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Do you wash a matted dog before the haircut?

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  • soapy scissors
    replied
    Originally posted by Ali Kat View Post
    I absolutely agree with "onion". If the owner isn't going to bring the pet in for regular grooming, why should I reward them for their abuse? All I'd be doing is showing the owner that they can indeed neglect their pet, bring it in for it's annual groom, and get a pet with a cute cut. Sometimes, when the owner sees their pet in a really short cut, the light goes on and they start bringing the pet in more often. Charging a hefty matted fee helps too. I'm just not going to enable them to be abusive and neglectful. If it's a truly valid reason for the matting, I'd try to make an exception. But we know how often that happens!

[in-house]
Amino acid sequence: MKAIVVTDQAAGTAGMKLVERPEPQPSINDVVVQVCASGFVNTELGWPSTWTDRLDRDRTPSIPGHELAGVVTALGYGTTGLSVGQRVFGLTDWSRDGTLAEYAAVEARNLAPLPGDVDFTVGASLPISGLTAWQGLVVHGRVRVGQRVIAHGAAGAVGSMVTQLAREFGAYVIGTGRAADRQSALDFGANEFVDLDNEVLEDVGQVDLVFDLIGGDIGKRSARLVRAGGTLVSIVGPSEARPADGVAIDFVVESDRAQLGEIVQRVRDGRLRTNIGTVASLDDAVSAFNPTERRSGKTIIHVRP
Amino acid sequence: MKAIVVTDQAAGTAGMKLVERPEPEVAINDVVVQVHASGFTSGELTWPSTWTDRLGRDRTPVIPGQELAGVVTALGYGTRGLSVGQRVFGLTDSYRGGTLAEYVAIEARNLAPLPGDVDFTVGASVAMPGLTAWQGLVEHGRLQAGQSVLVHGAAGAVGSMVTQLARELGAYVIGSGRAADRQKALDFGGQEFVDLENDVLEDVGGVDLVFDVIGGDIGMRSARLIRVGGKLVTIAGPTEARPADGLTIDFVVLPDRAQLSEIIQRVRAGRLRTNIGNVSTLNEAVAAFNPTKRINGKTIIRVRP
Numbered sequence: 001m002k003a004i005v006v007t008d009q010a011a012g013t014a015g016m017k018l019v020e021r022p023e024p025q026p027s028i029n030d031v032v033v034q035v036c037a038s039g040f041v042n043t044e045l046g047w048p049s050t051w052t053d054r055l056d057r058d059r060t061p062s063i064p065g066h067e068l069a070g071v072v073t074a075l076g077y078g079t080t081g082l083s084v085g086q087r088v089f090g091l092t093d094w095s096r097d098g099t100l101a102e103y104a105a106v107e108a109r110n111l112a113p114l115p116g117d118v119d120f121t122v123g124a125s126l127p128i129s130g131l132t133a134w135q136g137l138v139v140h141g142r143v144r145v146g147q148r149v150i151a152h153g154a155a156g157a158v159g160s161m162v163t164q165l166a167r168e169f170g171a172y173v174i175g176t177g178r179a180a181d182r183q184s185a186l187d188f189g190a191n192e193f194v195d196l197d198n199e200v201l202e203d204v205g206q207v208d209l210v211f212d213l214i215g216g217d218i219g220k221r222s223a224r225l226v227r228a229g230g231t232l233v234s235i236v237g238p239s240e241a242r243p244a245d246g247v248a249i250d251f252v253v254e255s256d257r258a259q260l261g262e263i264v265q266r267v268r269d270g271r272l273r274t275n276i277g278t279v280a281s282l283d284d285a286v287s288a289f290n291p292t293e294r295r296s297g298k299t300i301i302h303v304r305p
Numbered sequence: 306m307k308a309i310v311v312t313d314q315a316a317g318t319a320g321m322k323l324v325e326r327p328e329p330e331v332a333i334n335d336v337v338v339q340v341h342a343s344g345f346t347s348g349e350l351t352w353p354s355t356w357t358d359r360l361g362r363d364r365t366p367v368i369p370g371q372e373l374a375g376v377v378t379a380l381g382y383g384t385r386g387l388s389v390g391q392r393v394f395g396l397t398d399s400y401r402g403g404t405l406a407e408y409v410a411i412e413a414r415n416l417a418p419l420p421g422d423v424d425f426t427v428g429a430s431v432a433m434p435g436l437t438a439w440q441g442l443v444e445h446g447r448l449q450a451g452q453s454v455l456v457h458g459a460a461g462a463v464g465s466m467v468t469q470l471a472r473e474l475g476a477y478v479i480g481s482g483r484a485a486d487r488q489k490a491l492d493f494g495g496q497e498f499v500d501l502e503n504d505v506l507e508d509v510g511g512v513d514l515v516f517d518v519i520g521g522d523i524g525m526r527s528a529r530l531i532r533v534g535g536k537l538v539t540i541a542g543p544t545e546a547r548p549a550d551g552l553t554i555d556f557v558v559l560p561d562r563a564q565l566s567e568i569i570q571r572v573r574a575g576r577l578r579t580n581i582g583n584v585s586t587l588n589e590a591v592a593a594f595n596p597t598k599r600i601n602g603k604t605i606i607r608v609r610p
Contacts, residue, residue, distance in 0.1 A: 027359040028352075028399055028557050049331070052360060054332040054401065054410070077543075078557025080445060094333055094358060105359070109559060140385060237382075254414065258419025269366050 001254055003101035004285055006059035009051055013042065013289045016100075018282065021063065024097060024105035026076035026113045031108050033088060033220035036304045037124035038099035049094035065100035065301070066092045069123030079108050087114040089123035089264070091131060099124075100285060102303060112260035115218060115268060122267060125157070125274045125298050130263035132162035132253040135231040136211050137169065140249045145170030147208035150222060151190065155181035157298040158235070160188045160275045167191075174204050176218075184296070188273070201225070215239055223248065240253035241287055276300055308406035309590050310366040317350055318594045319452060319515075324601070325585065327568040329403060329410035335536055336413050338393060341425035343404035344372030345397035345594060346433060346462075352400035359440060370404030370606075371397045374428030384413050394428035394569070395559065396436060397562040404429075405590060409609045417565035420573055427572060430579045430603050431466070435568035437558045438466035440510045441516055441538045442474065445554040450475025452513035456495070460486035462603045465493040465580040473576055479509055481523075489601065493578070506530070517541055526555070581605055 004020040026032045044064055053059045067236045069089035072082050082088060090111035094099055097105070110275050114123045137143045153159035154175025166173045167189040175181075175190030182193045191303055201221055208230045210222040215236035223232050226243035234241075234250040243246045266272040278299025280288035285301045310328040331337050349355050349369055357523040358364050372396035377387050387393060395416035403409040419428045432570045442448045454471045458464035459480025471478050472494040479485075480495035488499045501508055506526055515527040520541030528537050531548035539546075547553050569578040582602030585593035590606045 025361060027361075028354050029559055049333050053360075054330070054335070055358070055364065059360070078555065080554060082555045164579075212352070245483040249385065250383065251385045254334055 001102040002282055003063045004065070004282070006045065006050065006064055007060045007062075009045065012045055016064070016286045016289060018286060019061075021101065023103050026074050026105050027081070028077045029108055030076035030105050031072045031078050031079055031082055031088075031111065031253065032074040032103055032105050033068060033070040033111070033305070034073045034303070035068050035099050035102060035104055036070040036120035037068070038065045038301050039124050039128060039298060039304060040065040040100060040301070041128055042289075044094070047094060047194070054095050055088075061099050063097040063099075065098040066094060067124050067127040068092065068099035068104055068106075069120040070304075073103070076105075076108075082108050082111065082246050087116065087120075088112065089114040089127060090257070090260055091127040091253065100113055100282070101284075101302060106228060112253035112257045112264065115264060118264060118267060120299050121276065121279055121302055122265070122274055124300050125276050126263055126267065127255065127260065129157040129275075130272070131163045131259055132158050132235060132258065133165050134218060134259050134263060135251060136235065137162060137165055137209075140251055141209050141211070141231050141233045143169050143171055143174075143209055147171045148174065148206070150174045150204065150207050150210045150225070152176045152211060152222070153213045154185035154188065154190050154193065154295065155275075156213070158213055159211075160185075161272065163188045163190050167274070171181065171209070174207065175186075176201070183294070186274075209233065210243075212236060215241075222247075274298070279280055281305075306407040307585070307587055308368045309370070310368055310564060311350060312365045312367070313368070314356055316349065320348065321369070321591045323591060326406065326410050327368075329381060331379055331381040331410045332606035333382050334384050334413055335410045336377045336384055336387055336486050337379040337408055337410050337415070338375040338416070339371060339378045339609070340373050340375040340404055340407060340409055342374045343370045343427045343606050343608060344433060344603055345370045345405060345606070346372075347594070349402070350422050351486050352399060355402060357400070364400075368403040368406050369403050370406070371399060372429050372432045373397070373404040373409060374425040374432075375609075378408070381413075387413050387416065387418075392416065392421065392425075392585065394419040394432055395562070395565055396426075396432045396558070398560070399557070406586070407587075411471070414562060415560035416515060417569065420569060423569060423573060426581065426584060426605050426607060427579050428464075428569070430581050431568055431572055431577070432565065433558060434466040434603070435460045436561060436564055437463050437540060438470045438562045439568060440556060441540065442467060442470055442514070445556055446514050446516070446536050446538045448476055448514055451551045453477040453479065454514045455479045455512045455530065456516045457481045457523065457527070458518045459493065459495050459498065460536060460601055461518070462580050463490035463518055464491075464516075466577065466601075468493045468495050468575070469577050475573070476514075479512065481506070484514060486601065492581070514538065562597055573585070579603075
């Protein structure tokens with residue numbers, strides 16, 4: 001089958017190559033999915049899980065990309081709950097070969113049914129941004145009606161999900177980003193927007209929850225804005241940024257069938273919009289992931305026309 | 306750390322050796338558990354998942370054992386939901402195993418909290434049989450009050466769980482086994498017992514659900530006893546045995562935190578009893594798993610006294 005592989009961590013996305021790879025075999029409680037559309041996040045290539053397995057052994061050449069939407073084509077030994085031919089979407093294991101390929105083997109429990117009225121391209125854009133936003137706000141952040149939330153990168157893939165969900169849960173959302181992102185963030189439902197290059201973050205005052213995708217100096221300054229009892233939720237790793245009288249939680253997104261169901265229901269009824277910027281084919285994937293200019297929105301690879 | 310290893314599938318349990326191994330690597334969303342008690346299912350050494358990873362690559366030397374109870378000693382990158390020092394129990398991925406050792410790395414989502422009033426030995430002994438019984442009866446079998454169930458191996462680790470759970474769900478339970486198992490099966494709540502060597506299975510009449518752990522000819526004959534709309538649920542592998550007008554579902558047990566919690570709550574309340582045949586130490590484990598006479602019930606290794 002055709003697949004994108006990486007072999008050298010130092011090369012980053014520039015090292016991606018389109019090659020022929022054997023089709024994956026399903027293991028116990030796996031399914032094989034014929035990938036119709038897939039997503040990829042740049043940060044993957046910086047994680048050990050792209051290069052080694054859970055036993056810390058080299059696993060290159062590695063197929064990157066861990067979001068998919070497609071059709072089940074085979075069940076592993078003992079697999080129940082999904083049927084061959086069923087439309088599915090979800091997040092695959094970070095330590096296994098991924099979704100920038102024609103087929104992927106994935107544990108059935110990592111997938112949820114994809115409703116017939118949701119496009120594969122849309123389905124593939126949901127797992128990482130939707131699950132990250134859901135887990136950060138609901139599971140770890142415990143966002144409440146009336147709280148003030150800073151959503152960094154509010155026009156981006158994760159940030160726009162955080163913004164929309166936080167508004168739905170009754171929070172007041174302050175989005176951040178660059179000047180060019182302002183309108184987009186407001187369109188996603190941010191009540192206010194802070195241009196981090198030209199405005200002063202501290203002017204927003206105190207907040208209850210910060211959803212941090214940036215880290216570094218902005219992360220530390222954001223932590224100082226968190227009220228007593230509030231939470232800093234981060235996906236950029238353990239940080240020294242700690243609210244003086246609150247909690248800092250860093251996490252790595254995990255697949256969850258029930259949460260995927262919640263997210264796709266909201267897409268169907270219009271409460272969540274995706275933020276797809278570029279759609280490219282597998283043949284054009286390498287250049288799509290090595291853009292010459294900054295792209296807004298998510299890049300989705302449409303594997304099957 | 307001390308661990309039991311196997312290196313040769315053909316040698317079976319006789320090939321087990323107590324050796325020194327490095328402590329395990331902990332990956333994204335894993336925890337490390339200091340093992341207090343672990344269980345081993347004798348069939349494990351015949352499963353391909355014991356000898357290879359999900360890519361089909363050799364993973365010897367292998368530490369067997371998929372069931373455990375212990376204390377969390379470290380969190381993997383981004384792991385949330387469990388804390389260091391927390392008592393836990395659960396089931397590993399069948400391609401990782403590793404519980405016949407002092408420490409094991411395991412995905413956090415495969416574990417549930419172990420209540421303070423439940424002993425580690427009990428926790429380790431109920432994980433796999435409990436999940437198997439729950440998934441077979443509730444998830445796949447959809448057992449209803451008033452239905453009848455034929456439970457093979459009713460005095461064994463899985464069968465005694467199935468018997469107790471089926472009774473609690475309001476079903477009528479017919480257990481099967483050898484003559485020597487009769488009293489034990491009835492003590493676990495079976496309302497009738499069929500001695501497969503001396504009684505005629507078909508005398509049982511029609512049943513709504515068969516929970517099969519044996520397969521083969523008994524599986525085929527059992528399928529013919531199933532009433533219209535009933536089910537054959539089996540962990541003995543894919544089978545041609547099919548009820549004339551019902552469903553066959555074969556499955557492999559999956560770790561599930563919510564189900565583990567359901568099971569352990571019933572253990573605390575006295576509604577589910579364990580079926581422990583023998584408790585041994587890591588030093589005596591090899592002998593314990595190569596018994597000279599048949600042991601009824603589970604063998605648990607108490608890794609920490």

The maltipoo that I saved length on was groomed 12 weeks earlier, which isn't too bad. 6 weeks would be better. This dog was matted from the owners trying to upkeep the grooming by washing the dog at home and not brushing. Or at least that is my guess. I do know that they weren't neglecting the dog. Sometimes the coats do get matted during seasons changing and unforseen mishaps. I want to make the dog feel beautiful. I think they hold their head a little higher when they look exceptional.

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  • Helly
    replied
    Originally posted by rapuzzled View Post
    I shave 'em first. I don't feel that I can get a matted dog clean to the skin. Plus I don't wanna wash and dry all that hair that I am going to shave off anyway...and I hate wet shaving, what a mess. Plus, I don't feel that it's all that necessary to try to save hair on a dog that the owner has let get in that condition anyway.